When you are past grad school, you’re going to have student loans. That is something that you just accept. You pay them as you’re able, and you’re on the lookout for payment programs that are going to help you pay them off. But frankly, I was of the mind that if I had student loans till I died, like whatever, it’s just money.

I’m going to school to fulfill a life purpose, to create a career that I love and the money is a means to an end. I don’t love having debts. I didn’t love having $120,000 in student loans, and I believe that it was worth it for me. To be sure where I’m sitting is a little different than a lot of folks.

There are a number of different payment plans that are already offered through a federal student loan service in terms of a 10 year repayment plan, where you make payments every month and you do not miss and after 10 years they write off the rest of your debt.

There are also programs like the National Health Service Corps. That is sort of like AmeriCorps or the Peace Corps and encourages providers to work in underserved areas. There are certain places and types of agencies that are eligible for people to apply for these programs and it’s tax free money to pay off your loans. That’s what I did. 

I worked in an underserved area and I did a five-year term and it paid off $120,000 of my student loans. I didn’t know that existed when I was in graduate school. I knew that I needed to be able to keep my sanity and that meant that I couldn’t work a whole lot. I was also living in the Chicago land area, which is not cheap. I did not have family support or some kind of trust fund or anything like that. I’d been on my own since I was about 17.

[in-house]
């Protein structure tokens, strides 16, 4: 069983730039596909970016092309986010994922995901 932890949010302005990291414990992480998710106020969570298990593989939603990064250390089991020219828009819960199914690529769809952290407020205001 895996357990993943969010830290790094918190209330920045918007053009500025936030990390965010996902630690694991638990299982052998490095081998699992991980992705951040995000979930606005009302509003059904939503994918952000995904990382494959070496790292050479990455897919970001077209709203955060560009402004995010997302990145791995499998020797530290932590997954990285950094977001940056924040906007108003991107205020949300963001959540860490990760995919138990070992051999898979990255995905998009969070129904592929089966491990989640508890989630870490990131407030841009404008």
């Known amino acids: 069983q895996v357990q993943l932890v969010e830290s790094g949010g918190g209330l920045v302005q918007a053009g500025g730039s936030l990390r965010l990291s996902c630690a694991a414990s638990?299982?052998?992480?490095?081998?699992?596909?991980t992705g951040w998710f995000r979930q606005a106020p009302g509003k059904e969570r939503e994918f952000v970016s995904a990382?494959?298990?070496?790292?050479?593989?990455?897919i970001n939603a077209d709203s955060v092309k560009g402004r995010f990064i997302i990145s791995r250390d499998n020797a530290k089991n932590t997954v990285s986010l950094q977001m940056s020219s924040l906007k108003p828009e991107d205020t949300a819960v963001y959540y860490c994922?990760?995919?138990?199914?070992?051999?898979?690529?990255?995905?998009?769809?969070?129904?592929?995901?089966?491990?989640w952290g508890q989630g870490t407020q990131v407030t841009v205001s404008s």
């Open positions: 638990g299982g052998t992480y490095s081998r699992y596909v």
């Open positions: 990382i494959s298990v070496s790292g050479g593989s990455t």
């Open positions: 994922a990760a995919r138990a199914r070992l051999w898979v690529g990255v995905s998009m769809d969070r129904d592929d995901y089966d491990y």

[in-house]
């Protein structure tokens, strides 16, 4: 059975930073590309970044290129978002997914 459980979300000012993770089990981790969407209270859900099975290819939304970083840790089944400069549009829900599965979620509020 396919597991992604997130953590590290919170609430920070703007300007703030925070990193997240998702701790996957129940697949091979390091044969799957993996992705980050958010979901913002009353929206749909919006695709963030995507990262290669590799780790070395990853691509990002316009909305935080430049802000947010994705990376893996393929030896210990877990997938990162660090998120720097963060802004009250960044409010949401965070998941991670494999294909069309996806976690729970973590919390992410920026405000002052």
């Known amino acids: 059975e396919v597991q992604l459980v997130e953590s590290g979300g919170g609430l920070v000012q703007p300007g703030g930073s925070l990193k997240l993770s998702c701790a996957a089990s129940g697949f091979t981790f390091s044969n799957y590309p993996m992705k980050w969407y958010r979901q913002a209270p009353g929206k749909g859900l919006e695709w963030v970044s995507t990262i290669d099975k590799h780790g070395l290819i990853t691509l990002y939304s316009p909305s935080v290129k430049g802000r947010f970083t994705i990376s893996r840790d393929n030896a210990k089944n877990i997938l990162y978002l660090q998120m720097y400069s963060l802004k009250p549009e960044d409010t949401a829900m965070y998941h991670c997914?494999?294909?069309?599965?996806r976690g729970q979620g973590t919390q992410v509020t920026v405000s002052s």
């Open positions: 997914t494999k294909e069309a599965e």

There are programs that exist. When you’re done with grad school they may or may not exist. But  in the current conversation, in the political realm, I do think there is going to be some kind of reformation in the student loan industry. I would encourage you to use federal loans, instead of the private loans. I would encourage you to not fall for any of the “consolidate with us” and this is your variable interest rate. I would stick with the tried and true and the less risky involvement.

As you’re approaching graduation from undergrad or graduate school, you’re going to get a ton of things in the mail about consolidation at certain interest rates. Personally, I would just go with the federal student loan program and consolidate your undergrad loans with them. While you’re in school, your loans are going to be in deferment, which means you won’t be making payments. And when you’re out of graduate school, you’ll have another six months before you have to make payments.

If you’re not able to make them and you’re not sure what you’re going to be doing, put them in forbearance. I know that there’s interest in that and there are people who would never make the same financial choices that I made. I’m only telling you my opinion. There’s a reason for it though. Money is an incredibly stressful thing.

I have had so many times where money has been at the heart of anxiety for me. It wasn’t even until into my thirties that I started to get a handle on money and get on top of it where it’s not something I stress about. It’s not that I make like a shit ton of money or anything either. It’s just that I figured out how to budget and I use a budgeting program that I absolutely love, and it helped me pay off the credit card debt that I got myself into.

So take my financial advice as I intend it. You need to do what’s right for you. You need to do what your anxiety can manage. I would encourage you to not take on more than you need to, whether it’s workload, financial load or other obligations and focus on graduate school. This is one of the only times in your life you’re going to be devoted to this kind of intensive learning. Get all you can out of it. 

Grad School Tip #3

Number three, be intentional  about what you choose for a job while you’re in grad school. Be careful what you do for a side gig and choose it with intention. You will likely have to have a side gig. Even if graduate school is your number one priority. I worked all through graduate school. Yes. I had student loans and I had extra loans to help with the bills.